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Westfield 2017 Water Quality Data

The chart below gives you a quick look at some of the substances that the EPA requires the utility to test for. You’ll notice that the contaminant is listed to the left, followed by the maximum amount allowed by regulations and then the amount that we found in our water. The tests are done on treated or “finished” water (excluding those listed under “Untreated Source Water”). See Definitions of Terms for an explaination of this chart.

Contaminant MCLG (Goal) MCL (Limit) Average of All Samples Maximum of All Samples System Wide Range Compliance Achieved Possible Source
Inorganics              
Barium (ppm) 2 ppm 2 ppm 0.11 0.21 0.044 - 0.21 Yes Natural deposits
Fluoride (ppm) 4 ppm 4 ppm 0.66 1.0 0.13 - 1.0 Yes Natural deposits & treatment additive
Nitrate (ppm) 10 ppm 10 ppm 0.11 0.50 ND - 0.50 Yes Fertilizer, septic tank leachate
Copper and Lead MCLG AL          
Copper (ppm) (2016 Data) 1.3 ppm 1.3 ppm 0.13 0.97 0.20 (0 of 32 > AL) 90th Percentile Yes Corrosion of customer plumbing
Lead (ppb) (2016 Data) 0 ppb 15 ppb 0.76 4.1 2.5 (0 of 32 > AL) 90th Percentile Yes Corrosion of customer plumbing
Disinfectant Residual MRDLG MRDL          
Chlorine (as Cl2) 4 ppm 4 ppm 1.6 2.3 0.11 - 2.3 Yes Water additive used to control microbes.
Organic Disinfection By-products  
Total Trihalomethanes (TTHMs) N/A 80 ppb 13 36 20 (3.5 - 36) Highest Locational Running Annual Average Yes By-product of chlorination treatment
Haloacetic acids (HAA5) N/A 60 ppb 7.2 19 13 (ND - 19) Highest Locational Running Annual Average Yes By-product of chlorination treatment
Microorganisms              
E coli 0 1 0 0 0 Yes Human and animal fecal waste
Total Coliforms N/A 5.0% 0% 1.9% 0 - 1.9% Yes Naturally present in the environment
Secondary Drinking Water Standards MCLG (Goal) SMCL          
Chloride (ppm) N/A 250 ppm 35 43 23 - 43 N/A Natural deposits; water treatment additive
Hardness (ppm) N/A N/A 361 410 305 - 410 N/A Erosion of natural deposits; leaching
Iron (ppm) N/A 0.3 ppm BDL 0.10 ND - 0.10 N/A Erosion of natural deposits; leaching
Manganese (ppm) N/A 0.05 ppm ND ND ND N/A Erosion of natural deposits; leaching
Sodium (ppm) N/A N/A 19 27 15 - 27 N/A Erosion of natural deposits; leaching
Sulfate (ppm) N/A 250 ppm 108 164 32 - 164 N/A Erosion of natural deposits; leaching
Zinc (ppb) N/A 5000 ppb 5.7 11 ND - 11 N/A Natural deposits
Radionuclides (2016 Data)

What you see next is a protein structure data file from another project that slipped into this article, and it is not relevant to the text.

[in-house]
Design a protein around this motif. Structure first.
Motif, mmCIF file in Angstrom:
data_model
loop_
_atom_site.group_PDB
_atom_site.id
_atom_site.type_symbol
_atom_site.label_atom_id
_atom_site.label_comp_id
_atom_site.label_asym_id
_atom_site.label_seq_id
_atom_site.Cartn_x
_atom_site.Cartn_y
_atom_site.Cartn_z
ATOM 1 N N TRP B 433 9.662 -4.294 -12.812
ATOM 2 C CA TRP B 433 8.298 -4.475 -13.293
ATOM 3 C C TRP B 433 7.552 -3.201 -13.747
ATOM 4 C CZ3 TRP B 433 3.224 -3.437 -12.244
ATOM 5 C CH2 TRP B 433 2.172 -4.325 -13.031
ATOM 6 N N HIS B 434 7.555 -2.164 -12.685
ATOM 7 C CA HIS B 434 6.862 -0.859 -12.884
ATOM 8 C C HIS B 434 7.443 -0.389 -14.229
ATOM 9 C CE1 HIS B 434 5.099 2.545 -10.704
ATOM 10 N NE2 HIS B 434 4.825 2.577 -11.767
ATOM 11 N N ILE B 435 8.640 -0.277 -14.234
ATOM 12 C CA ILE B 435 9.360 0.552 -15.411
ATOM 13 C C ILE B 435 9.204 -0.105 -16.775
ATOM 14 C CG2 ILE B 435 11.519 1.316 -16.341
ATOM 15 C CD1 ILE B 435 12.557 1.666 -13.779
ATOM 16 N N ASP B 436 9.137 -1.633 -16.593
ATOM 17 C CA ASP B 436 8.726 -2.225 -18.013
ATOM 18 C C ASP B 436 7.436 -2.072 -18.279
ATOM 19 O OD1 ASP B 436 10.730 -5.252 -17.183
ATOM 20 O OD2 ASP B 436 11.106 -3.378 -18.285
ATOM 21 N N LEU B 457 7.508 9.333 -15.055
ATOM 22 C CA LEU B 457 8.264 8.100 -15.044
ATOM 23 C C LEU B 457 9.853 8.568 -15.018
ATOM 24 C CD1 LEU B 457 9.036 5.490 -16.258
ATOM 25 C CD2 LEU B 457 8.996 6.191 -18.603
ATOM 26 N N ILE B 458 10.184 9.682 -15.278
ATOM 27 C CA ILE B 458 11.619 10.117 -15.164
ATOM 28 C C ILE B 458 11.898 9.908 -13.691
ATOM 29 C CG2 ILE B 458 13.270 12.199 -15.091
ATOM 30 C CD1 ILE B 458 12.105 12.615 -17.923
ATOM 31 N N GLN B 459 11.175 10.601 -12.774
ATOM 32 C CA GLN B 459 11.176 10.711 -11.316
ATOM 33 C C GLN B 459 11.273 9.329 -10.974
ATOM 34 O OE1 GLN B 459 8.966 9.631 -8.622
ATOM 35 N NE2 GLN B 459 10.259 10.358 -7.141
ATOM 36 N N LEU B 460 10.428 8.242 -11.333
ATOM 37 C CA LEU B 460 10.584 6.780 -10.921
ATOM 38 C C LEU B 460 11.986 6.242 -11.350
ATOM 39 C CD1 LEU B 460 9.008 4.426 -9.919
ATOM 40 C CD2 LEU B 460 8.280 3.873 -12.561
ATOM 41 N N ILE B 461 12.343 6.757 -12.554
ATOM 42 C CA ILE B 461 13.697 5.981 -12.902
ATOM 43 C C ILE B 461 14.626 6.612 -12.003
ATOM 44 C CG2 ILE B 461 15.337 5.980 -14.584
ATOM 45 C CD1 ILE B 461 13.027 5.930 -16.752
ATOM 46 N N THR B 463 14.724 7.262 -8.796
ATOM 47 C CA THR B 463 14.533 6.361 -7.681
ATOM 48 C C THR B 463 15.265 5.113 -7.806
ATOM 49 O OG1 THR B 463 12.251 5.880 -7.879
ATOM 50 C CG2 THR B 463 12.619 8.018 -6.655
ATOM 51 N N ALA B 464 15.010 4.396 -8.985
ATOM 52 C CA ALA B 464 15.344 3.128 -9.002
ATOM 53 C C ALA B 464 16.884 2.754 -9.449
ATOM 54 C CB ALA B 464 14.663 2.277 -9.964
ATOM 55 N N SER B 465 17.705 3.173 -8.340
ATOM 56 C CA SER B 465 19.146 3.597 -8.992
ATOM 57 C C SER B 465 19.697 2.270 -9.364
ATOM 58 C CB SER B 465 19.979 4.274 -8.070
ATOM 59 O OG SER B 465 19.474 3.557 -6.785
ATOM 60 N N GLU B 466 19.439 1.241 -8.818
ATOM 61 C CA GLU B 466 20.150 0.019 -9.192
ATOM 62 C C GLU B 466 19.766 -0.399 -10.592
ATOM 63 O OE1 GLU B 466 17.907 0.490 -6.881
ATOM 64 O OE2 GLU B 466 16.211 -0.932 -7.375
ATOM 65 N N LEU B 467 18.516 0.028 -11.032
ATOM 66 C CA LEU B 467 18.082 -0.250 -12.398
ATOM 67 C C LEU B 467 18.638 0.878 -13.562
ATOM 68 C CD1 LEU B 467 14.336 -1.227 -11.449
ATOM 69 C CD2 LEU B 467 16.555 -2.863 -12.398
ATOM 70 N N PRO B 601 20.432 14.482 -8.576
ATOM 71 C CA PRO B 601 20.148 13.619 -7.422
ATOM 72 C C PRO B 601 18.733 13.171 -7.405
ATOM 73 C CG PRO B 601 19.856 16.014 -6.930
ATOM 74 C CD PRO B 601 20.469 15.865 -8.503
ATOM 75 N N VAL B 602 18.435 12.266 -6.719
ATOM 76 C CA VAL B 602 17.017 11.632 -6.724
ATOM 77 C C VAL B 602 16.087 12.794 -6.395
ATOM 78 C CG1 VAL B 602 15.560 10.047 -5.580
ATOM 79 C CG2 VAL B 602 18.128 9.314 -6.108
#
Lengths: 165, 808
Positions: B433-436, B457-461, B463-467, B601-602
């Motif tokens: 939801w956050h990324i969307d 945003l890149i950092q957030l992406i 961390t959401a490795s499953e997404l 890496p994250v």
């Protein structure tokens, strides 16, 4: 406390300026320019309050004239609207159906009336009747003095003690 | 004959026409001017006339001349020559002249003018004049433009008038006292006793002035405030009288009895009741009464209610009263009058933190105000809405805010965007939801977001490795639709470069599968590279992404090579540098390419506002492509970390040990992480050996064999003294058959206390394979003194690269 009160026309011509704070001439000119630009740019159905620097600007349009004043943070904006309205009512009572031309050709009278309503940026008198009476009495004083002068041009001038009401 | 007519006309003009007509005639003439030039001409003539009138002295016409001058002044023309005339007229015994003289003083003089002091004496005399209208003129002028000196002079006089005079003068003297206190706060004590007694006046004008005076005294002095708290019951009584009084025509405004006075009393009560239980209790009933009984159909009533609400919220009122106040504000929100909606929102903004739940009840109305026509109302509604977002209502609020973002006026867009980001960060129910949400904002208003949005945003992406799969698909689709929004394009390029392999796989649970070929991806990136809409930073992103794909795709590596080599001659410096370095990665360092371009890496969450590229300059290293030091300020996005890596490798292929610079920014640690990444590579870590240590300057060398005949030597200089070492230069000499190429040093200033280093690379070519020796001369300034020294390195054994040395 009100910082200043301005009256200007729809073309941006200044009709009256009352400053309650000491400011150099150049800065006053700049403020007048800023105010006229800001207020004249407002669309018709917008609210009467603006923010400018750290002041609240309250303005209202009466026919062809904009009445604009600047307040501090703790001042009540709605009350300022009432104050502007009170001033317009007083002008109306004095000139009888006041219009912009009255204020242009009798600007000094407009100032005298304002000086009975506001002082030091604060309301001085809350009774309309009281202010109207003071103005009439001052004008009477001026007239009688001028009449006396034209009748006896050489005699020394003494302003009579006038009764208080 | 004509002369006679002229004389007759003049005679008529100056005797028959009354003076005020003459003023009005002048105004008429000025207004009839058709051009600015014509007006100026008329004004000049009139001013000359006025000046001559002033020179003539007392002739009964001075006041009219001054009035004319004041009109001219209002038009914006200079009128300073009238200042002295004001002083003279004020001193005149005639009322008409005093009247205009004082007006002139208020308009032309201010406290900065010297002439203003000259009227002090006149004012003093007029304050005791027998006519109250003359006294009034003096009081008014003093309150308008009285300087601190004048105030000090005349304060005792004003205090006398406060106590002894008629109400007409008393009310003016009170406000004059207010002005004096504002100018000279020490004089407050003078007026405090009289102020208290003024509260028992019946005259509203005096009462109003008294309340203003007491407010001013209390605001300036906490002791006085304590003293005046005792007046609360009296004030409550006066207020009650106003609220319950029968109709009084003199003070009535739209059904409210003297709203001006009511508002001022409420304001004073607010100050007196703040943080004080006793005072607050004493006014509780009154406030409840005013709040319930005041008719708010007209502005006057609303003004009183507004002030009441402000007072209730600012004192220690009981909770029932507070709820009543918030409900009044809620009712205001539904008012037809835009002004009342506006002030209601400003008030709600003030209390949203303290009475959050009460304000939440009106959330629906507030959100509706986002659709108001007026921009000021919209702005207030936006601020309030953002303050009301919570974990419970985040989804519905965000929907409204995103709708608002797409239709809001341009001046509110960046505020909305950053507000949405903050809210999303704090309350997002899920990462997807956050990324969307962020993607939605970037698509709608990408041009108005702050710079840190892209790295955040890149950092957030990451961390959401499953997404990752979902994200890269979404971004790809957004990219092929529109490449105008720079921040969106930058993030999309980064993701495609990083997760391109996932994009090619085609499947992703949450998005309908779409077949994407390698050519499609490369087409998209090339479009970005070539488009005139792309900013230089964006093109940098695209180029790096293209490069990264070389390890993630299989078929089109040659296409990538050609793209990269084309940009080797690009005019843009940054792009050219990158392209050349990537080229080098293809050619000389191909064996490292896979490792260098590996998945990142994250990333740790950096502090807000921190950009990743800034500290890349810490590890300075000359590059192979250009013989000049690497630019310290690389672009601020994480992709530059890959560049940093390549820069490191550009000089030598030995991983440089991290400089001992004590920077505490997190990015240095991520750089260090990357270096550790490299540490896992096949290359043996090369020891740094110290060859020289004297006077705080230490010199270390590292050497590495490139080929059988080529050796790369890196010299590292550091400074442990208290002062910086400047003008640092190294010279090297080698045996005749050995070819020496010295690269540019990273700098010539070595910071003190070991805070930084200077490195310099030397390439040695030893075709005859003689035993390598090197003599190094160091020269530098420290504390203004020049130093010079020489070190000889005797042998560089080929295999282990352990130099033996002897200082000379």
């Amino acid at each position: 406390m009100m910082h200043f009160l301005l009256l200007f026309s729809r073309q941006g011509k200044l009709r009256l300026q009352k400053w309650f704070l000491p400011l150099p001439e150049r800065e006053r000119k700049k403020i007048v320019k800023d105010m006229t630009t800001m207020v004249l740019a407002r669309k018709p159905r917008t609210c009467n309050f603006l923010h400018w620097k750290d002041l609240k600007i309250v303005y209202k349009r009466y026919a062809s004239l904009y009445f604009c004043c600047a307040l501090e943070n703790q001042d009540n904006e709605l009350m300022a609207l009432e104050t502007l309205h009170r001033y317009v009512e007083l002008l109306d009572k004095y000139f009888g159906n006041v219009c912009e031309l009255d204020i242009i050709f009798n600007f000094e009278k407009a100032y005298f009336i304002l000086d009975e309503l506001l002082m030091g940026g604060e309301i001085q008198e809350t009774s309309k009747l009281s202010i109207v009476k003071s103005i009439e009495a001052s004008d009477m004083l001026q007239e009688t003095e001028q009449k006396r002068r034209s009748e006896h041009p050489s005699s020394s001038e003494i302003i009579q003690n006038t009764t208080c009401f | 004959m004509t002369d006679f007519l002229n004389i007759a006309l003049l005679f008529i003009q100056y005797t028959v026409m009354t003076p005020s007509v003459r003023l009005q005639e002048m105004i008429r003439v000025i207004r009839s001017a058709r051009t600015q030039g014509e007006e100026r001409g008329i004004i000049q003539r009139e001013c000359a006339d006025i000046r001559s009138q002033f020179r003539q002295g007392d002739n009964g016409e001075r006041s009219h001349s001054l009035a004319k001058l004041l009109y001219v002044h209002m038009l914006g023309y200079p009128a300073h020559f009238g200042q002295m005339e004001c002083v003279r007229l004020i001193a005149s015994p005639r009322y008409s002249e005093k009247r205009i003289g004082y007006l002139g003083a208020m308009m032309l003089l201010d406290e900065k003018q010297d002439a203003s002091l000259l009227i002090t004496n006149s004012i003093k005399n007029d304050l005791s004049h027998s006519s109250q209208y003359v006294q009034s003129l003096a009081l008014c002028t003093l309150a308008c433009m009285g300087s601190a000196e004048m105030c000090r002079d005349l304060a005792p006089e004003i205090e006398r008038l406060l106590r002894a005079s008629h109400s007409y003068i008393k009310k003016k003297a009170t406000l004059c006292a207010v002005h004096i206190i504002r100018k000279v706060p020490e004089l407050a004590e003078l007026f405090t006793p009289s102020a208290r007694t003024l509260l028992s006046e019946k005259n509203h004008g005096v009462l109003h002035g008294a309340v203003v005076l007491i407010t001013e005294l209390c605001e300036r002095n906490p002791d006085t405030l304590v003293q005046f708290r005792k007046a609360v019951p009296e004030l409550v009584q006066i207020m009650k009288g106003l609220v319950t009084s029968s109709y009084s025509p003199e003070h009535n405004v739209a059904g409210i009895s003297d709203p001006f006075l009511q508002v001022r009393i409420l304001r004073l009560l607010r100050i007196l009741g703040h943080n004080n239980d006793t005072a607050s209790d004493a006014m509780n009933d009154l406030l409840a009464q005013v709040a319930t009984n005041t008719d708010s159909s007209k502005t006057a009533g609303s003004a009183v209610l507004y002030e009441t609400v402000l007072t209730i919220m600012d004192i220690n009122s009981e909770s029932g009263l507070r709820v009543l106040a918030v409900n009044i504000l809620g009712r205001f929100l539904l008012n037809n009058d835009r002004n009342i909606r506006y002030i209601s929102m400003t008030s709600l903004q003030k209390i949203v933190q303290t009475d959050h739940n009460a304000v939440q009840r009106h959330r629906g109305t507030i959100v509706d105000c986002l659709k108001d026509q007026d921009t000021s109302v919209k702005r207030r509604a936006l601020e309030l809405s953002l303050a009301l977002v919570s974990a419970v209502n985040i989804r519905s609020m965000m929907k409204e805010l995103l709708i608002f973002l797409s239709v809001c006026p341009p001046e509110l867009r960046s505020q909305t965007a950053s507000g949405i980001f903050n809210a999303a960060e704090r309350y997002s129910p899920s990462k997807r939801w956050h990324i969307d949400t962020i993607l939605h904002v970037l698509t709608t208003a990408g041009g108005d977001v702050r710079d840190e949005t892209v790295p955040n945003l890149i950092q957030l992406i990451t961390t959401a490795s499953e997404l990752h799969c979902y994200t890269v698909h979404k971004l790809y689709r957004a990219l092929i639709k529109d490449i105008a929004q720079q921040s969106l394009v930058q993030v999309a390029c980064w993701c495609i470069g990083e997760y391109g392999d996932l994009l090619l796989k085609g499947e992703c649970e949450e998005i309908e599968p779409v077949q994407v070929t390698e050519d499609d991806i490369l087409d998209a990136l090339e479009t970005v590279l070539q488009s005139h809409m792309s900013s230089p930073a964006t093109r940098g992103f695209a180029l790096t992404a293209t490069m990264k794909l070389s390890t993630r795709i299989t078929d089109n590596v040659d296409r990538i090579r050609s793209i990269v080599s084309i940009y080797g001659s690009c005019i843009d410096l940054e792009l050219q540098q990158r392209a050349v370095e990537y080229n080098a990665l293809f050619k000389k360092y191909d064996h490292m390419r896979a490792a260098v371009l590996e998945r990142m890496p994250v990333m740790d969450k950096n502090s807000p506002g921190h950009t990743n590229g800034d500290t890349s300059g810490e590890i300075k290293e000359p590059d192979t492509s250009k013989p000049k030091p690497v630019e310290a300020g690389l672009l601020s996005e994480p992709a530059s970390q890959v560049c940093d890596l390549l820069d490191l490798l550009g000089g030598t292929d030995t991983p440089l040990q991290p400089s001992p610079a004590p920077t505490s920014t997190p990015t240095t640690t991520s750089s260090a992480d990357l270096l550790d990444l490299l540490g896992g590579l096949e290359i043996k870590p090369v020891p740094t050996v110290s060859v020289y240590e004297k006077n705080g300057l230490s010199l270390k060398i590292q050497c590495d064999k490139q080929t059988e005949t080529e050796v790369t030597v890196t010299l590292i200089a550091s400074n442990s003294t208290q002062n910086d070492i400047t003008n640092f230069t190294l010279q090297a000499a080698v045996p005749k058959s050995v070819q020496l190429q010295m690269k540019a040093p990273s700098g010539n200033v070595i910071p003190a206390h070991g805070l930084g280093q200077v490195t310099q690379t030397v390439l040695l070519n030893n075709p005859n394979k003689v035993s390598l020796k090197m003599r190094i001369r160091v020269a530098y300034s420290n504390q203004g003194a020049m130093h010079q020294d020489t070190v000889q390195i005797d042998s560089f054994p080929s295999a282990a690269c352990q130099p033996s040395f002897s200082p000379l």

Combined Radium (-226 & -228) (pCi/L) 0 5 N/A N/A 0.90 - 2.0 Yes Erosion of natural deposits
Combined Uranium (ppb) 0 30 N/A N/A 0.54 - 1.1 Yes Erosion of natural deposits
Gross Alpha, Excl. Radon & Uranium (pCi/L) 0 15 N/A N/A 3.8 - 5.3 Yes Erosion of natural deposits

Note: The state requires us to monitor for certain contaminants less than once per year because the concentrations of these contaminants do not change frequently.  Some of our data, though accurate, is more than one year old. Some contaminants are sampled less frequently than once a year; as a result, not all contaminants were sampled for during the CCR calendar year. If any of these contaminants were detected the last time they were sampled for, they are included in the table along with the date that the detection occurred. Compliance monitoring for lead and copper is required no less frequently than every 3 years. In an effort to be pro-active, Citizens conducts lead and copper sampling on an annual basis. Radiochemical contaminant monitoring is conducted every 9 years.

Lead note: Infants and young children are typically more vulnerable to lead in drinking water than the general population. It is possible that the lead levels at your home may be higher than other homes in your community as a result of materials used in your home’s plumbing. If you are concerned about elevated lead levels in your home’s water, you may wish to have your water tested. Also, flush your tap water for 30 seconds to two minutes before using tap water. Additional information is available from the U.S. EPA Safe Drinking Water Hotline at 800-426-4791 or www.EPA.gov

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